ident will bo elected. If tho republi
can candidate is elected they will see
the folly of further hostilities and sur-
i-unuer. stand by the republican par
ty," otc, otc.
They said it in 1900, and there seems
ample ground for bolieving that they
will havo opportunity to repeat it
In 1904.
The First Stop.
The meeting of capitalists was called
to order by the chairman and the busi
ness in hand at once taken up
"There aro millions in the scheme,
gentlemen," remarked the chief can
talist "The profits on the Investment
will bo enormous. We can't lose "
Ho then explained until all could
see that, he was right.
"What, then, should be. our first
step?" queried a minor capitalist.
That, sir. is a nupsHnn onon
- -w. vuailjr till-
swered " replied the chief capitalist.
We will proceeds once to have con
gress onact a law granting us un
enormous subsidy."
Of Courae.
"But our books show that we did not
Brant rebates," said the manager of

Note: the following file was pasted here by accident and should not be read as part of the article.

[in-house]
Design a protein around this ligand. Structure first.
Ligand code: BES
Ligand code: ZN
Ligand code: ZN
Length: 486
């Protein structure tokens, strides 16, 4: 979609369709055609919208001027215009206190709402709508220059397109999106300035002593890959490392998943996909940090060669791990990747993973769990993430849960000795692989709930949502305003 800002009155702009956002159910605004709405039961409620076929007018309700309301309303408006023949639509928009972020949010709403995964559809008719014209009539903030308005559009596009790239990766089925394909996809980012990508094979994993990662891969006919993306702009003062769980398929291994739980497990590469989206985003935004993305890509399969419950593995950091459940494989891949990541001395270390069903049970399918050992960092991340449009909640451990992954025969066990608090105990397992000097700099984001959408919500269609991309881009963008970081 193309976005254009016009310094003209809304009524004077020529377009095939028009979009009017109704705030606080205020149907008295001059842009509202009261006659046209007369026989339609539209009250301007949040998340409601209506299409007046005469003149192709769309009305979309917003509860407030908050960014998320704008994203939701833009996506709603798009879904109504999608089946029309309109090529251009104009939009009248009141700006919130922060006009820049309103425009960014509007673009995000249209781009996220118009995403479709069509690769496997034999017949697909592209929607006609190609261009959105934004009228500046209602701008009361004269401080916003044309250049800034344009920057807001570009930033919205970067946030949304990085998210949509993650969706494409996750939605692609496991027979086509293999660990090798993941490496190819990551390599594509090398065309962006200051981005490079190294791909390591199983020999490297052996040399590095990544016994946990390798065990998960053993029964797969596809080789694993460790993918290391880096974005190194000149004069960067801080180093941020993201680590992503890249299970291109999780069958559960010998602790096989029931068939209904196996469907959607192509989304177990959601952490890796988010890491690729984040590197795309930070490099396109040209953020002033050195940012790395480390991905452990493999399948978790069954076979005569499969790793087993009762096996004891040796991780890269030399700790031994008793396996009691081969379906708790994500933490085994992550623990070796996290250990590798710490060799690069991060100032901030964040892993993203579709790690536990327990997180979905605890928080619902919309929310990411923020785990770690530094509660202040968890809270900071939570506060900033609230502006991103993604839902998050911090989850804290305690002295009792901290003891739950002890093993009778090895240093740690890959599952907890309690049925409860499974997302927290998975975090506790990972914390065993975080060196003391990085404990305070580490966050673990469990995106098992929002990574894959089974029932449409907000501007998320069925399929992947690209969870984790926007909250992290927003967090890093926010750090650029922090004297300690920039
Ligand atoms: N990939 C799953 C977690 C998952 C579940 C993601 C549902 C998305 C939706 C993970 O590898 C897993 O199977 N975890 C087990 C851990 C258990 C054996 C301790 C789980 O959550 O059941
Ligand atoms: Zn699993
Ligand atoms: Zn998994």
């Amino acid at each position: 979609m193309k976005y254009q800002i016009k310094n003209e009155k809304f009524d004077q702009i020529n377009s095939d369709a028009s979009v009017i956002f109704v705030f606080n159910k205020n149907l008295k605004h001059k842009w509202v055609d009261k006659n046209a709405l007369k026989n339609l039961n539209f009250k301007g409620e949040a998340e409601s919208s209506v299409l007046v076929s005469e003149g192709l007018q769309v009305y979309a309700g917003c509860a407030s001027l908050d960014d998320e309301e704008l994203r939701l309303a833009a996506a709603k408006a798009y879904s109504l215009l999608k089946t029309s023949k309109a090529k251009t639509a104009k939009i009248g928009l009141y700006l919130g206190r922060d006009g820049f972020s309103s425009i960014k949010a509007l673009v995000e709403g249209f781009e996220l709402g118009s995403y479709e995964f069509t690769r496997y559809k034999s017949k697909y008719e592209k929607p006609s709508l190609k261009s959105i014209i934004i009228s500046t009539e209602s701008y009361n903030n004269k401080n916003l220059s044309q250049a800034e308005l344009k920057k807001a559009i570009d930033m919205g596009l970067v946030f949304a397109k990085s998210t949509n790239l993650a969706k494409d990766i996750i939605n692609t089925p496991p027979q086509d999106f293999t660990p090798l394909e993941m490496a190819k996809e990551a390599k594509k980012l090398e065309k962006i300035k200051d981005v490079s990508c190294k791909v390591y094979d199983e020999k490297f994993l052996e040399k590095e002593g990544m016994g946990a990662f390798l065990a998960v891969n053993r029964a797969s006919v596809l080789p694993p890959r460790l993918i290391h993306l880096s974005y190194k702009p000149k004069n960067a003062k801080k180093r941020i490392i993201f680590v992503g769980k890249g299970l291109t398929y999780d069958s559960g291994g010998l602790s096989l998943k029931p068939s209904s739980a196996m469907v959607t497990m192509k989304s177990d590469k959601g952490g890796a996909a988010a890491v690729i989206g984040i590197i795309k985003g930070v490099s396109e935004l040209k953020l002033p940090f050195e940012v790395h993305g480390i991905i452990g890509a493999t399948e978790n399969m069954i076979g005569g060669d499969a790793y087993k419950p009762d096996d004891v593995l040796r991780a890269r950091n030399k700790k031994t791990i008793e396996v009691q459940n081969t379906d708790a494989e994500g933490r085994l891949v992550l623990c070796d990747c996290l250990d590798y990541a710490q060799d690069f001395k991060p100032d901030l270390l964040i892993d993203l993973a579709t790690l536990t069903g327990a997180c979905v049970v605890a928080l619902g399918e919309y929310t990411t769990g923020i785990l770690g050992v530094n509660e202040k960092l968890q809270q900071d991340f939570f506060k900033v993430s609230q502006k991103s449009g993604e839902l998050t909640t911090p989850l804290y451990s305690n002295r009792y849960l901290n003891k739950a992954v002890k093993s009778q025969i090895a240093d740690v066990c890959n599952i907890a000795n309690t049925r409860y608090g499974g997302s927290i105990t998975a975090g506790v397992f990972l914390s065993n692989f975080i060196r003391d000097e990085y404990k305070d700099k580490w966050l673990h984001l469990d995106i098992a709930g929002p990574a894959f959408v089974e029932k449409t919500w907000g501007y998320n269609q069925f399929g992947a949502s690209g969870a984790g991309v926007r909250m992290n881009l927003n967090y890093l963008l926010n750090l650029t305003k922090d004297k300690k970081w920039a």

the Gougem, Scrougem & Robem rail
road. "But it is easy to doctor the books "
replied the spokesman of the people
committee. L "
"It is against the law for a man to
doctor without a diploma, and I havo
no diploma," said the manager. "Do
you think, gentlemen, that I would
disregard tho law?"
Seeing the uselessness of woundin
the feelings of such a careful man
committee humbly withdrew
Hounded.
small, dark man in the rear of the
hall as he struggled to the door. "Not
content with firing me out of my two-forty-nine-a-day
job in the navy de
partment they must hold me up to
public scorn at every opportunity."
Frightened.
"Did you celebrate Washington's
birthday?"
"Sh-h-h! Don't you know I'm a
federal office-holder?"
The Ulterior Motive.